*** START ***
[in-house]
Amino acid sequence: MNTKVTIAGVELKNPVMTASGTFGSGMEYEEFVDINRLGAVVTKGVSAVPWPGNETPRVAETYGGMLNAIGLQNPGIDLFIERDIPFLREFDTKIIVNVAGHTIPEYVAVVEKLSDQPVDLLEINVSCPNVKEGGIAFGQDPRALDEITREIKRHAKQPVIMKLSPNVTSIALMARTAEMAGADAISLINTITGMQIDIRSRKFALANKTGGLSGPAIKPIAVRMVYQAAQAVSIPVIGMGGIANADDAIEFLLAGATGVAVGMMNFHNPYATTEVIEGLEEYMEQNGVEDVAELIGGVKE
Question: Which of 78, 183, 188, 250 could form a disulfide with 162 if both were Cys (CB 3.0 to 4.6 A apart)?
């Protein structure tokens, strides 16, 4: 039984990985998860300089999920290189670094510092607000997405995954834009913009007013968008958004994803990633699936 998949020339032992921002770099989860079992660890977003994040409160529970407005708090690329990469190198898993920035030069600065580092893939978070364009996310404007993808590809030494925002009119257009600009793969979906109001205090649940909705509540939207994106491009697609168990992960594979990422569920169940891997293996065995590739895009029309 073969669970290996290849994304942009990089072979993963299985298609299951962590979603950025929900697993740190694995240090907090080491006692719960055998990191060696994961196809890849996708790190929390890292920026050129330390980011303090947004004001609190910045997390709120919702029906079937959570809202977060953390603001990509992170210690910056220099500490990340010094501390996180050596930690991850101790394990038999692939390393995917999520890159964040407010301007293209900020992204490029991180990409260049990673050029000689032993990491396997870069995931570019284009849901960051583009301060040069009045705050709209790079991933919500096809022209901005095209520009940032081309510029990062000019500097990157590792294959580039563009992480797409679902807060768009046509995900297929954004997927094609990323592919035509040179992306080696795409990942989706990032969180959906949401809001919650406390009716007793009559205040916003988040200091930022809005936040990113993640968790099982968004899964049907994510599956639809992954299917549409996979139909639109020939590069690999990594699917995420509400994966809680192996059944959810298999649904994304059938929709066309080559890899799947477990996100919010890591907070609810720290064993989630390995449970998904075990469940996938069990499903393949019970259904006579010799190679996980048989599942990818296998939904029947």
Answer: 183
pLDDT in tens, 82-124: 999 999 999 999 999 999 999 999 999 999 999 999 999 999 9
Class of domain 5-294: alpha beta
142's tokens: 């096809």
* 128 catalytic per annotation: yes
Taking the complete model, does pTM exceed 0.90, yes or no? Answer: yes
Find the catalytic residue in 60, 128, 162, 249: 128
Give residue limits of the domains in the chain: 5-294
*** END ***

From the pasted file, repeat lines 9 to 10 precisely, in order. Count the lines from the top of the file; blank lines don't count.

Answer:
* 128 catalytic per annotation: yes
Taking the complete model, does pTM exceed 0.90, yes or no? Answer: yes